Shadows of days gone by

August 6, 1999

A day of total luna-see: Of all the thousands of eclipses studied by scientists, the most important was the eclipse of 1919, writes Simon Singh. It provided clinching evidence in favour of one of the most revolutionary ideas in the history of physics - Einstein's theory of general relativity.

Although general relativity was a radically new formulation of gravity, its predictions were largely consistent with Newton's theory of gravity.

However, Einstein's theory did make one or two predictions that distinguished it from Newton's, and, if true, these predictions would show that Einstein's model was closer to reality.

Einstein predicted that a gravitational field should bend rays of light much more than was expected by Newton's theory.

Although the effect was too small to be observed in the laboratory, Einstein calculated that the immense gravity of the massive sun would deflect a ray of light by 1.75 seconds of arc - less than one thousandth of a degree, but twice as large as the deflection according to Newton, and significant enough to be measured.

Einstein pictured a scenario whereby the straight line of sight between a star and an observer on earth would be just blocked by the edge of the sun. He believed that the star would still be visible because gravity would bend the rays of light around the sun and towards the earth. The sighting of a star that should have been blocked by the sun would prove Einstein right, but it is generally impossible to see starlight that passes close to the sun, because it is swamped by the brilliance of the sun. But during eclipses, the sun is blacked out by the moon, and under such conditions a gravitationally distorted star should be visible.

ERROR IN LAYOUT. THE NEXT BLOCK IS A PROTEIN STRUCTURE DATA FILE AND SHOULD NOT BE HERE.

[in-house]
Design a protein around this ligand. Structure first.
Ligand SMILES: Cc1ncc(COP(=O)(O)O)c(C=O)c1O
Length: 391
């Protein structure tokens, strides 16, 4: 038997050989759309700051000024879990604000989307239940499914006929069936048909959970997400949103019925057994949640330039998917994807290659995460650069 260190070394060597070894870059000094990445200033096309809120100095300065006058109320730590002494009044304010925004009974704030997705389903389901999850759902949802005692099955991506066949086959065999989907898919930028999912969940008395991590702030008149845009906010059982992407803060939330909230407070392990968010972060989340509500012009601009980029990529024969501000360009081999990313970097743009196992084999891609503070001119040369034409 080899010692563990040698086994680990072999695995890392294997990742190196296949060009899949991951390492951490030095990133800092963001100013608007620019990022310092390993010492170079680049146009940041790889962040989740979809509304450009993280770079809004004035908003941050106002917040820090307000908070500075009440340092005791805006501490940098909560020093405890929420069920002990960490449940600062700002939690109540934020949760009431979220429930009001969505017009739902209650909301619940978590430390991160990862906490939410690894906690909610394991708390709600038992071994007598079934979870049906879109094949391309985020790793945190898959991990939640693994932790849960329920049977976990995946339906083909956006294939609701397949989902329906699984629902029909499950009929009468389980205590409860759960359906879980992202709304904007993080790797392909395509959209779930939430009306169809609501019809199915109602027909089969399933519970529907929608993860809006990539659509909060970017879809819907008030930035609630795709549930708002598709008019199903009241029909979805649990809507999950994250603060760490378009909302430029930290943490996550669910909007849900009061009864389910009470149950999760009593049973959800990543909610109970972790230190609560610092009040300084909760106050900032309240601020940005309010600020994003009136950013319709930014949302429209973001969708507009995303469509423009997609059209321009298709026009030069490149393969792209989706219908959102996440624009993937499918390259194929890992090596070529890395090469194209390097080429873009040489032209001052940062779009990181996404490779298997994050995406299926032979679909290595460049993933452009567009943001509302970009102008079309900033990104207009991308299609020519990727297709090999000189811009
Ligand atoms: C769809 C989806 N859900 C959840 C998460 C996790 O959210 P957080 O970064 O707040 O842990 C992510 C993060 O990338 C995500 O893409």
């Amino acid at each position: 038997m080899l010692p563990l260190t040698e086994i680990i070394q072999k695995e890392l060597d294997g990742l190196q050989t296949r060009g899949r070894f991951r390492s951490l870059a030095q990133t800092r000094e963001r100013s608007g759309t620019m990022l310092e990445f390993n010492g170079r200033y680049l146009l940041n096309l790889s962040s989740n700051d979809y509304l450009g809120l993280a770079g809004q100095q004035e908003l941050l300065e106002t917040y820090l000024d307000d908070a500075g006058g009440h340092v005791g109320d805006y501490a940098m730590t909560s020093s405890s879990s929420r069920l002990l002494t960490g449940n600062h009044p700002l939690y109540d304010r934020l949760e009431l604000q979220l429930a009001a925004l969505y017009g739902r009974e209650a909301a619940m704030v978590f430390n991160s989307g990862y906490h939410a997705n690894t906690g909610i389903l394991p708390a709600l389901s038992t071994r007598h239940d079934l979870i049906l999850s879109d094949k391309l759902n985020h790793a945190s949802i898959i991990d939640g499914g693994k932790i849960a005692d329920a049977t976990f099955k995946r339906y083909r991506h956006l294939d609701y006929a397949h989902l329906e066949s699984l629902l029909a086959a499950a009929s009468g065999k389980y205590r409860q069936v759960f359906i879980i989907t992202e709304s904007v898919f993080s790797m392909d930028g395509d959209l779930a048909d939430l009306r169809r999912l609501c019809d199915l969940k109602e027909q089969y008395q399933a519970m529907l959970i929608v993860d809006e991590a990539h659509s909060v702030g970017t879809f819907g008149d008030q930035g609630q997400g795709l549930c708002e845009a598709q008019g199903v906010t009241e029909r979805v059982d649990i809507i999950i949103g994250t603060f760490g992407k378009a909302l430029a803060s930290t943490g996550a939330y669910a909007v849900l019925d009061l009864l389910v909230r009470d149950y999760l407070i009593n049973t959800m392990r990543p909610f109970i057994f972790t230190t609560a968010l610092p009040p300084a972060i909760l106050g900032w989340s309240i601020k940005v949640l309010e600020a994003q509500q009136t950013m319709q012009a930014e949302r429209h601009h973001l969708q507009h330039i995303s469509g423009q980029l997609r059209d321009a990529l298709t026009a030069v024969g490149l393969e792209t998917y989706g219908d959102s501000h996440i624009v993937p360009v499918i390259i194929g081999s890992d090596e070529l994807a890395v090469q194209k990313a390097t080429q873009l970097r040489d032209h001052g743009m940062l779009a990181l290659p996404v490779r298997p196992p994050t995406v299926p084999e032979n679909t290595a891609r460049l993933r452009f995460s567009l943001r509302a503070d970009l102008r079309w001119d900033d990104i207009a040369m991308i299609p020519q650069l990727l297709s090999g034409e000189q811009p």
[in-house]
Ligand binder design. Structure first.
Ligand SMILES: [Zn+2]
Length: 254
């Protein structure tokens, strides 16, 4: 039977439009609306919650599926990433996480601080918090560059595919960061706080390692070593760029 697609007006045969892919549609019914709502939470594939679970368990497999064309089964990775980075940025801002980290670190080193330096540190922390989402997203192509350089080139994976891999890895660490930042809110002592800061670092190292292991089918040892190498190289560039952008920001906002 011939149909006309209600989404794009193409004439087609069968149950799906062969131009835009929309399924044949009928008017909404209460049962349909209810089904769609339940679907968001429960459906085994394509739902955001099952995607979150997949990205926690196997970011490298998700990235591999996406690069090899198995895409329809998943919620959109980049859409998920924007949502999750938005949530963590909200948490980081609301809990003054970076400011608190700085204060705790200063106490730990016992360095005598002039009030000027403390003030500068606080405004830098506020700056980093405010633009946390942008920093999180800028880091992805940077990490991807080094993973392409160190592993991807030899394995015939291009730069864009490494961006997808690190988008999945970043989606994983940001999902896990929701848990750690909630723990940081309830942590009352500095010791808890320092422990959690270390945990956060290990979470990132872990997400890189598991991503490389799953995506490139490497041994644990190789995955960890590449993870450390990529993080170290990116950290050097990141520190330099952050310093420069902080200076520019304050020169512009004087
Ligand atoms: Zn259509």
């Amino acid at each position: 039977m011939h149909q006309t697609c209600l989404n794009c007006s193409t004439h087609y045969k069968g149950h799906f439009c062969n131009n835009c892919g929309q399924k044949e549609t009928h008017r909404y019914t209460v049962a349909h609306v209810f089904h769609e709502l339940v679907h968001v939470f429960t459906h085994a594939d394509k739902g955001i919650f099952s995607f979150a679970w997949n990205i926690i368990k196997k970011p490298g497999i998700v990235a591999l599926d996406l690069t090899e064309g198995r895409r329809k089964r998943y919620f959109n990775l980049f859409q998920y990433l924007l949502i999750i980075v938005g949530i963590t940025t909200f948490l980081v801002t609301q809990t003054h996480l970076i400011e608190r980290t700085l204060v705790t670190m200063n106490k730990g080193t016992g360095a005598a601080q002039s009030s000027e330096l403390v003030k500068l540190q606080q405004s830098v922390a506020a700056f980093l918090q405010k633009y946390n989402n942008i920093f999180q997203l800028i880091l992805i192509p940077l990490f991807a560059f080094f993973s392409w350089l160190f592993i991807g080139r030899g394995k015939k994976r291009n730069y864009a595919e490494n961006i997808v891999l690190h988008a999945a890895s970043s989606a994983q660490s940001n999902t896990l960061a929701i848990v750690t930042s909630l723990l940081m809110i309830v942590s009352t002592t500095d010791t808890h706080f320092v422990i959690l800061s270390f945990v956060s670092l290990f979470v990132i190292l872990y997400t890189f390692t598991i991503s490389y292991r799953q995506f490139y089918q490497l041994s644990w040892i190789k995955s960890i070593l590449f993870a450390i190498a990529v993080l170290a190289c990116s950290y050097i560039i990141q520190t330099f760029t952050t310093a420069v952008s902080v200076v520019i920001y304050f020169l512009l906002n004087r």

General relativity was born in 1915 during the first world war, and as soon as the war ended, the astronomer royal Sir Frank Dyson began preparing for the next total eclipse, which would occur on May 29, 1919, and which would be an opportunity to test Einstein's theory.

He had already recruited Arthur Eddington, Plumian professor of astronomy at Cambridge, to make the observations. The son of devout Quakers, Eddington nearly spent the war as a conscientious objector peeling potatoes in an army camp, but instead Dyson arranged for a letter of deferment, which allowed him to carry on his astronomical research. In return, Eddington promised to make the trek to the island of Principe, off the coast of West Africa, one of the best locations for observing the 1919 eclipse.

The eclipse seemed almost too good to be true. Totality would last for 410 seconds, almost seven minutes - extraordinarily long for an eclipse - providing plenty of opportunity for measurements to be taken. Also, the eclipse would occur against the rich background of the Hyades constellation, increasing the likelihood of an appropriately positioned star.

But as the vital day approached, a cloud, or rather several, loomed on the horizon. It rained every day for the 19 days before the eclipse, and as it began on May 29, the sun was obscured by clouds. For 400 seconds the eclipse was hidden from view, and throughout this period Eddington prayed. Then with only ten seconds of the eclipse remaining, the skies miraculously cleared, and he was able to take just one meaningful photograph.

Eddington compared his eclipse photo with images taken when the sun was not present and announced that the sun had caused a deflection of roughly 1.61 seconds of arc, a result that was in agreement with Einstein's prediction, thereby validating the theory of general relativity. In recent years, scientists have questioned Eddington's margin of error, arguing that his equipment was not sufficiently accurate to discriminate between the predicted effects of the rival gravitational theories. In other words, Eddington believed in Einstein's theory and wanted to prove that it was true and therefore subconsciously minimised his errors in order to get the right result. Regardless of whether or not this was the case, Eddington's result was hailed as a wondrous piece of science.

J. P. McEvoy, author of Eclipse, encapsulates its significance: "A new theory of the universe, the brainchild of a German Jew working in Berlin, was confirmed by an English Quaker on a small African island."

Next week's eclipse will resonate with the one in 1919. The last of the millennium, it will pass over Einstein's birthplace, the German city of Ulm.

Simon Singh's The Code Book - the Science of Secrecy from Ancient Egypt to Quantum Cryptography is published in September by Fourth Estate.

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